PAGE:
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MTHEL 131 (32)
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MTHEL131 textbook notes (29)

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Department
Mathematics Electives
Course
MTHEL 131
Professor
David Kohler
Semester
Fall

Description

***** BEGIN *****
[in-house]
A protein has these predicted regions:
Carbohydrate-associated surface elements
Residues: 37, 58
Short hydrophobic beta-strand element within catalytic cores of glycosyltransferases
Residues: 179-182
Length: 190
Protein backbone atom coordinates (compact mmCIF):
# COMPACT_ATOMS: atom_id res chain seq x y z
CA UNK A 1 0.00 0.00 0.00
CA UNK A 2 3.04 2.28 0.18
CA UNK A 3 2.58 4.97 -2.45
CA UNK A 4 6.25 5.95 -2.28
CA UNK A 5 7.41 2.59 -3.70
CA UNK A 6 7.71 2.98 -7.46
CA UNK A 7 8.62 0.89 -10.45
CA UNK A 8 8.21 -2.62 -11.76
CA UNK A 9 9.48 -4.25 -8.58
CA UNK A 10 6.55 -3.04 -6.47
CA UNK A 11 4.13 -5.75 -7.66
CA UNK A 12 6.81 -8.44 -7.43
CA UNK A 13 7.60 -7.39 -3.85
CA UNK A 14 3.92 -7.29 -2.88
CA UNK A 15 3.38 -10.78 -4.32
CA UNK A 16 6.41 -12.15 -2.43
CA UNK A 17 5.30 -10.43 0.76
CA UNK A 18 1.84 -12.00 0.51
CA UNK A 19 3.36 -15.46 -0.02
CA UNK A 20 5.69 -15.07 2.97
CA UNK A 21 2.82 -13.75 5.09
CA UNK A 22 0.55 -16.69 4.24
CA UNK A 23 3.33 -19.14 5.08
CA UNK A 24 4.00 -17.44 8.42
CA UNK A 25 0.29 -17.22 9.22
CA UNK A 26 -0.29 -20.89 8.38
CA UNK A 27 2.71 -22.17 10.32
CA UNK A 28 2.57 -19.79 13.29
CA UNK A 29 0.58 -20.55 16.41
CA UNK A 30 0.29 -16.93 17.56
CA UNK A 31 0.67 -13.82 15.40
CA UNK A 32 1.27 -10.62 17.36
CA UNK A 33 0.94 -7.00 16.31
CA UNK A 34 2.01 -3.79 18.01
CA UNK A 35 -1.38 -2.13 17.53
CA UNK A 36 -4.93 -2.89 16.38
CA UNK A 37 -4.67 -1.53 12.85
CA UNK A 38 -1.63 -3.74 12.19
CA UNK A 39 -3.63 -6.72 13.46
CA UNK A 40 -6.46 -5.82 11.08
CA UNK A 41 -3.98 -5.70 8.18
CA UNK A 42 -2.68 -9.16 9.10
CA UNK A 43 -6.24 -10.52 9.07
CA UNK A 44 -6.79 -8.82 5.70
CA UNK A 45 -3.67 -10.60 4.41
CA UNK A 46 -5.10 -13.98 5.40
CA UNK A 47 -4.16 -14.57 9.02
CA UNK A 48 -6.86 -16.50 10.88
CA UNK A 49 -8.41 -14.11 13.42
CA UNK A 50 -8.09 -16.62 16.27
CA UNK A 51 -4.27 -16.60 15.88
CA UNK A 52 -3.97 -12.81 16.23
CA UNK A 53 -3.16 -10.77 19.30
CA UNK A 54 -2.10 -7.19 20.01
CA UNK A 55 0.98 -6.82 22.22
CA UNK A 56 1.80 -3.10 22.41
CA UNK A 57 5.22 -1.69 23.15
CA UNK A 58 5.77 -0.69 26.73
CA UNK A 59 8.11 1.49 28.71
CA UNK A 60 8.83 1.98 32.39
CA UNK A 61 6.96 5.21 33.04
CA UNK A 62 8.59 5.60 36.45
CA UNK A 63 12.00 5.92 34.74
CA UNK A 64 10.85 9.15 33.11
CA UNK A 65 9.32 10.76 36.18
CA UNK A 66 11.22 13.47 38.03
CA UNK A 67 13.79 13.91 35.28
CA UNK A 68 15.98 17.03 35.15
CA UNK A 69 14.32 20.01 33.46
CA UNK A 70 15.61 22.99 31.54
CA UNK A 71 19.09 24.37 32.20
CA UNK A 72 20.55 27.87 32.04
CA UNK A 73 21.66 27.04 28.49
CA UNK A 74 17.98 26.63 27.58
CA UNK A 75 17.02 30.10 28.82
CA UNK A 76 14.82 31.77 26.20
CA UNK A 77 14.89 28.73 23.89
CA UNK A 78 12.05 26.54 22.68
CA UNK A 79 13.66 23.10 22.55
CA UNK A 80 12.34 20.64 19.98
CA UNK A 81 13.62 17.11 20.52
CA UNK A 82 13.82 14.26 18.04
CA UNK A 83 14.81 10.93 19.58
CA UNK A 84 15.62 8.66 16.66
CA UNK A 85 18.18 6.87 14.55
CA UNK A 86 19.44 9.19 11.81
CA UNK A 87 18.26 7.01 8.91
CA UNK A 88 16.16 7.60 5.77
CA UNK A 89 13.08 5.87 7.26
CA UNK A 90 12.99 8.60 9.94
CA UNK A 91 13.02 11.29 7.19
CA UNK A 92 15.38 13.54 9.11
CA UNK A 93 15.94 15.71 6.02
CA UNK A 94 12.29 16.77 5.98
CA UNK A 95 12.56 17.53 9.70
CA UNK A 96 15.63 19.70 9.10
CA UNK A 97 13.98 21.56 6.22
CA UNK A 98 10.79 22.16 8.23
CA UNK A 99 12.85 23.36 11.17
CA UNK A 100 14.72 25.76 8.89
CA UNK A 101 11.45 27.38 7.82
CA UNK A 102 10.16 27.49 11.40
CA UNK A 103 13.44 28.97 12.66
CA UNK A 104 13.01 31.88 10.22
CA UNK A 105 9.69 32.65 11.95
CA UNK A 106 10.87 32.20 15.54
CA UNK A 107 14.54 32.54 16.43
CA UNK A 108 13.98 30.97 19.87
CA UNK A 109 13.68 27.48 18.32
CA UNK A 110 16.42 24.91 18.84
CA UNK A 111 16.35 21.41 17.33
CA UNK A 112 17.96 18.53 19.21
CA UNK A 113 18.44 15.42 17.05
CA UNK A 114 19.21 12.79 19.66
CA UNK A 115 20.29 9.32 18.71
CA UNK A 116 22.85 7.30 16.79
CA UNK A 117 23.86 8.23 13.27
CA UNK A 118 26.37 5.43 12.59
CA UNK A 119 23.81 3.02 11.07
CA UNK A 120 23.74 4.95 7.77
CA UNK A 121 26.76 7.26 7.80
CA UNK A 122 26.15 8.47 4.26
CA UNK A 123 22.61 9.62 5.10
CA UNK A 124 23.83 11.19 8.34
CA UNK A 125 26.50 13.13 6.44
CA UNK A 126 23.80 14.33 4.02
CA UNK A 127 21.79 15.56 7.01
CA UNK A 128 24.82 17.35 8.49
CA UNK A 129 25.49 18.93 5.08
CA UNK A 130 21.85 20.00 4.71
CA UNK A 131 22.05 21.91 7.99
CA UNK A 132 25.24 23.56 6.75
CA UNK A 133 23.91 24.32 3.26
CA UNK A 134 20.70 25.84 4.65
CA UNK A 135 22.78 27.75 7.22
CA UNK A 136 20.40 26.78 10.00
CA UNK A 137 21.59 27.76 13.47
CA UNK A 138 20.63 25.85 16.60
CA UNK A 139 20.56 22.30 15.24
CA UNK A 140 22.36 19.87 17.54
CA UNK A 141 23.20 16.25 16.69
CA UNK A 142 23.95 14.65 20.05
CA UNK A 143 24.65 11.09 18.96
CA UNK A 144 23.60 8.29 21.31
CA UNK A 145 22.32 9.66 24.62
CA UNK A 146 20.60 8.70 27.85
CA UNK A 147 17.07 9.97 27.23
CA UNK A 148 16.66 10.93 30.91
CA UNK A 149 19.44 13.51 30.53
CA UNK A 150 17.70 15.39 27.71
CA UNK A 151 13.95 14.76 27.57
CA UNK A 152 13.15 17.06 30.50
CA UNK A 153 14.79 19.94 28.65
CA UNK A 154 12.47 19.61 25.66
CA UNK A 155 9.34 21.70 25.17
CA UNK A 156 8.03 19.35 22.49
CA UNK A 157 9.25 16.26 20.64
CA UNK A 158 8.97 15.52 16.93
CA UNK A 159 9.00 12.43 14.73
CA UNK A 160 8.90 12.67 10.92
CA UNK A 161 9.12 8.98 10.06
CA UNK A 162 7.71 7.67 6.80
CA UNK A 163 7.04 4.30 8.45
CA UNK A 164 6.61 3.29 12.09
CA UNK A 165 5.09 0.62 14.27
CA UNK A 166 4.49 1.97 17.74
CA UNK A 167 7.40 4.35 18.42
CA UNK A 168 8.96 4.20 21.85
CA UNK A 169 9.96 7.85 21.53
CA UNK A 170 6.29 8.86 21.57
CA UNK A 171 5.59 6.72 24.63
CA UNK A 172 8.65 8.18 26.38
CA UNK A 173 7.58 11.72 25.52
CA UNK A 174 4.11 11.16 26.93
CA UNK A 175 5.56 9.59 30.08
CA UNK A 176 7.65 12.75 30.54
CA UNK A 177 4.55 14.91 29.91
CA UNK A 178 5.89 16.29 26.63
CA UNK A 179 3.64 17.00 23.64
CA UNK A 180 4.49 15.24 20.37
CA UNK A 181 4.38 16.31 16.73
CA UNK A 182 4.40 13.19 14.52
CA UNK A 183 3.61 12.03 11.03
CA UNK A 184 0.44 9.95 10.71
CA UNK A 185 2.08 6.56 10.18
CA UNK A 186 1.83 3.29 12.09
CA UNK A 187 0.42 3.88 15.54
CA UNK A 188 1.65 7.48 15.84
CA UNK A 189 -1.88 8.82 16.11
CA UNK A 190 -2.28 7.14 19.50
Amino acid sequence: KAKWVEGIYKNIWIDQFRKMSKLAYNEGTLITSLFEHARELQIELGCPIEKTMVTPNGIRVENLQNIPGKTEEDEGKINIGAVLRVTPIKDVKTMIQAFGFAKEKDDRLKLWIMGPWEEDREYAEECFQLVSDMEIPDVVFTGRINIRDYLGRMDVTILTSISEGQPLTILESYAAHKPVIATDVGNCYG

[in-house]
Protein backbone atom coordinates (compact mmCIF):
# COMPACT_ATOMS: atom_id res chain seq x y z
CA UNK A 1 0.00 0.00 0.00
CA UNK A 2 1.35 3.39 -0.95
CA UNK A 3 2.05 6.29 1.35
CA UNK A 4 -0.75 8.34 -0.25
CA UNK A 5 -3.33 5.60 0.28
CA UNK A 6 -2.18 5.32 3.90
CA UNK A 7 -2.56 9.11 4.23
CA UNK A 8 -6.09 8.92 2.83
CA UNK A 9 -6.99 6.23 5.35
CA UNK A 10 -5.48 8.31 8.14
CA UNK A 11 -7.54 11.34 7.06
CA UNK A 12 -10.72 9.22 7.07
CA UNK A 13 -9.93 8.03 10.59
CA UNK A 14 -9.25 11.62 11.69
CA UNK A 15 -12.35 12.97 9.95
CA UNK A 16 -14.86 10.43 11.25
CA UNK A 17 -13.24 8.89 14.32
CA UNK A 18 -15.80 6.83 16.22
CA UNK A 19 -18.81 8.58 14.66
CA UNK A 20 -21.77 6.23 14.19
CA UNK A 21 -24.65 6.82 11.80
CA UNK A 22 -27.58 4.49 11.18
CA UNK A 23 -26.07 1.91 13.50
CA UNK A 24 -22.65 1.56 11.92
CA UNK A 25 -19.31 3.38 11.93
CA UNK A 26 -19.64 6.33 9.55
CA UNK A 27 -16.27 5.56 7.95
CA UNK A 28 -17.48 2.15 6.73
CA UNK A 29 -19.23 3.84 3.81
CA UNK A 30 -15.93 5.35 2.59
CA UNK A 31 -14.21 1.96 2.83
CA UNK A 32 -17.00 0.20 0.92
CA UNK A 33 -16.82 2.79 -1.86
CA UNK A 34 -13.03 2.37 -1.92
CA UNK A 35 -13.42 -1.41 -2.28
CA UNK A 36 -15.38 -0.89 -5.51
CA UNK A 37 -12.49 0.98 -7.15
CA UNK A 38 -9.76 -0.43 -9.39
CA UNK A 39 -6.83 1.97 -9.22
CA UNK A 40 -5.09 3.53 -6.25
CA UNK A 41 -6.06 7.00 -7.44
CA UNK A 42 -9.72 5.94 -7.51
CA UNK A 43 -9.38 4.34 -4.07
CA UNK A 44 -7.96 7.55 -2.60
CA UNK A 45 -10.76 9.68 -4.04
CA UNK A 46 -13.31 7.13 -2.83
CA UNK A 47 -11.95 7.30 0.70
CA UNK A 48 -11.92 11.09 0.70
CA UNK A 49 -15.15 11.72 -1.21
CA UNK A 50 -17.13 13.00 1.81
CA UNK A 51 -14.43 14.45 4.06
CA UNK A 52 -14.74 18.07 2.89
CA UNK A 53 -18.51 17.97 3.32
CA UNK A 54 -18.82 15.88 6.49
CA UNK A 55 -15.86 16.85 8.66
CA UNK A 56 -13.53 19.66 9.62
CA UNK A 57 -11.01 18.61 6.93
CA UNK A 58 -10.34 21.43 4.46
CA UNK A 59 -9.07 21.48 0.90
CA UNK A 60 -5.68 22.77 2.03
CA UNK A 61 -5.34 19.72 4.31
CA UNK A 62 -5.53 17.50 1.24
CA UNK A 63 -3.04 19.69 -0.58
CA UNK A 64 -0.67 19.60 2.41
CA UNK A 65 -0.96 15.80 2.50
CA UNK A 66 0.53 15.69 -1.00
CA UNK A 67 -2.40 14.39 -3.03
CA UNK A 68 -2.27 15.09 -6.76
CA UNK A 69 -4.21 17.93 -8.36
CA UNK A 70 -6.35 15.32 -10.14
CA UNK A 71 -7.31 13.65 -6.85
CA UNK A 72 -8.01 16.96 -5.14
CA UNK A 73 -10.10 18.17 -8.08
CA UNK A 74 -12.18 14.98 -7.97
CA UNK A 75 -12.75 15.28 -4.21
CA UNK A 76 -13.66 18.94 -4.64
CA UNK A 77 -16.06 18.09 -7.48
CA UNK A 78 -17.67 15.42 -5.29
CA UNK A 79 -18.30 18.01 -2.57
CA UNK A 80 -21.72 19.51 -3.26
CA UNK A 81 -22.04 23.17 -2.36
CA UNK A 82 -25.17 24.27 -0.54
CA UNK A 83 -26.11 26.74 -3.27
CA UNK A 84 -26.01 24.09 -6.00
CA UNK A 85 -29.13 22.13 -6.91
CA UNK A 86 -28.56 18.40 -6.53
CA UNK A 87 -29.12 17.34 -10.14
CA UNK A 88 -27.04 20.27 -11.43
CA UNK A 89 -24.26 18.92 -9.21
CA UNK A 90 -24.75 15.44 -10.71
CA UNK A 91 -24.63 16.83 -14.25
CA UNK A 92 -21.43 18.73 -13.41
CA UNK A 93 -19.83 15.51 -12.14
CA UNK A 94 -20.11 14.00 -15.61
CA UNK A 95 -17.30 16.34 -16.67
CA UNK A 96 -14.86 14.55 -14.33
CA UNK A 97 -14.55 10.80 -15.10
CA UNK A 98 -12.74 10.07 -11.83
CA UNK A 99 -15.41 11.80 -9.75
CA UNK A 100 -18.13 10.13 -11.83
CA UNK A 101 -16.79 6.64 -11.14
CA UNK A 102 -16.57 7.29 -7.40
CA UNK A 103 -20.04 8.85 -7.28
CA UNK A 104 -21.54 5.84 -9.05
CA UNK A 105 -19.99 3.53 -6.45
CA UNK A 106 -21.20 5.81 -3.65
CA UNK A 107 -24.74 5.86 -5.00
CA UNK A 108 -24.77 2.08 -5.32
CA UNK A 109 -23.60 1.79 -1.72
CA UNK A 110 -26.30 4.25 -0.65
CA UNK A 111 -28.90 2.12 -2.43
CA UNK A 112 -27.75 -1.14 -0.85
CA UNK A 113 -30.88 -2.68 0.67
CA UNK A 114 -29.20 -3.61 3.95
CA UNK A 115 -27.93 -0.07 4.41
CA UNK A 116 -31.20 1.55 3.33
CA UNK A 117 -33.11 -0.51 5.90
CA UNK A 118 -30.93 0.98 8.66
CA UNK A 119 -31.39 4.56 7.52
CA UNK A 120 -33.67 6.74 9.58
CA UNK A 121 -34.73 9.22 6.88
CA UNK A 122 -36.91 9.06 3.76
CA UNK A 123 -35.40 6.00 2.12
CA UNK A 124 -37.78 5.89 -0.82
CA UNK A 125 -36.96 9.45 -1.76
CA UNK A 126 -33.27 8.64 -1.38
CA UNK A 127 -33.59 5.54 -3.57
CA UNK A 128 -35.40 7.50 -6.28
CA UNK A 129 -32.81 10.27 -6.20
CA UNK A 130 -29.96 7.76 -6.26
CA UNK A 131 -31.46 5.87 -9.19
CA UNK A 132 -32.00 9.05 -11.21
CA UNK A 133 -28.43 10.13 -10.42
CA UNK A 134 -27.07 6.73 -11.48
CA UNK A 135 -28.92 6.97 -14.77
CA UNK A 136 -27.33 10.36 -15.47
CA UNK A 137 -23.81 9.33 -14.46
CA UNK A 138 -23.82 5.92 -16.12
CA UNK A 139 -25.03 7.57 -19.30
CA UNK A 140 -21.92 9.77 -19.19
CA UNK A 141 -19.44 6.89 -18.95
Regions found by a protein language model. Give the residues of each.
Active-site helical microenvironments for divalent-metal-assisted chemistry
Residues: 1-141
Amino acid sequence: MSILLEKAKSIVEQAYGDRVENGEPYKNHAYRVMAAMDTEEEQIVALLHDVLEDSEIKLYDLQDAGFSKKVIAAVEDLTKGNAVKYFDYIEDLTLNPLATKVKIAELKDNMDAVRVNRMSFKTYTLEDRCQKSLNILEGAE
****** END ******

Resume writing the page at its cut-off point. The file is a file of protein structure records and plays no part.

MTHEL131 Textbook notes – Life and Health Insurance 13e (Black and Skipper) Chapter 29 Erin Edward Life Insurance Reserves and cash values Reserves  Most reserves reflect an insurer’s obligation to its customers, but some relate to investments  Policy reserves are liabilities that represent the amount that will be needed to pay future policy benefits  Cash surrender values are related to policy reserves (represent policy owners’ demand claims against the insurer’s assets Origin and Definition of the Policy Reserve  Excess funds not used immediately to pay policy claims must be recognized by the insurer, and preserved for the benefit of all the policy owners until needed at some future date.  Formula statutory policy reserve: amount (with future net premiums and interest) sufficient to pay future claims o Ignore insurer expenses and lapse rates o Based solely on state-sanctioned mortality and interest assumptions  Reserve calculations (valuations): o Use mortality table and interest rate, calculate net premium o Selection of policy duration for which the reserve is needed o Prospective or retrospective method  No relationship with insurer’s past experience  Minimum reserve standards establish definite methods of valuing policy liabilities.  Policy reserve is a liability to the insurance company Methods of calculation: 1. Retrospective method  Looks at policy’s past premiums and benefits to determine policy reserves.  policy reserve = accumulated value of net premiums - accumulated cost of insurance 2. group approach:  reserve arises from the payment of level net premium in excess of that needed to meet current mortality costs.  Premiums in the early policy years are more than needed to pay death claims that are assumed. Create a fund for years later where death claims rise sharply and premiums are insufficient. 3. Individual approach:  Retrospective terminal reserve= (net premium of year in question + terminal reserve of previous year) x interest rate – cost of insurance for net amount at risk  Net amount at risk= death benefit – terminal reserve at end of policy year  Cost of insurance (contribution from each insured in a year)= net amount at risk x tabular probability of death for the year MTHEL131 Textbook notes – Life and Health Insurance 13e (Black and Skipper) Chapter 29 Erin Edward 4. Prospective reserve:  more common  reserve is the balancing factor in the basic insurance equation (difference between present value of expected future benefits and the present value of expected future net premiums)  present value of future benefits = present value of future net premiums  as soon as contract goes in force, first premium is paid, present value of future net premiums goes down  the difference of these two quantities is a measure of the obligation (reserve) of the insurer  (See formulas on pg. 741)  Present value of future net premiums involves the determination of the original net level annual premium applicable to the contract, multiplied by the present value of a temporary life annuity due of 1 for the remaining premium-paying period. Terminal, initial and mean reserves  The previous calculations represent the terminal reserves o Used for determining dividends under participating policies o Determine non-forfeiture values o Form of reinsurance based on yearly renewable term insurance of net amount at risk  initial reserve: reserve at the beginning of the policy year o Terminal reserve for the preceding year, increased by the net level annual premium for current year o Used for determining dividends under participating policies  Mean reserve: average of the terminal reserve and the initial reserve for any year of valuation o Used for annual statements of life insurance Significance of Actuarial Assumptions  Assumptions are reflected in the mortality table  Other assumptions are made in reserve valuations 1. Mortality: o Change in mortality affects number of deaths at a given age, as well as number of surviving at subsequent ages o Net level premium: spread over premium-paying period o Not uniform from age to age, and duration to duration, results in either increase or decrease in reserve 2. Interest: o Rate of interest assumed is decreased, increase in reserves
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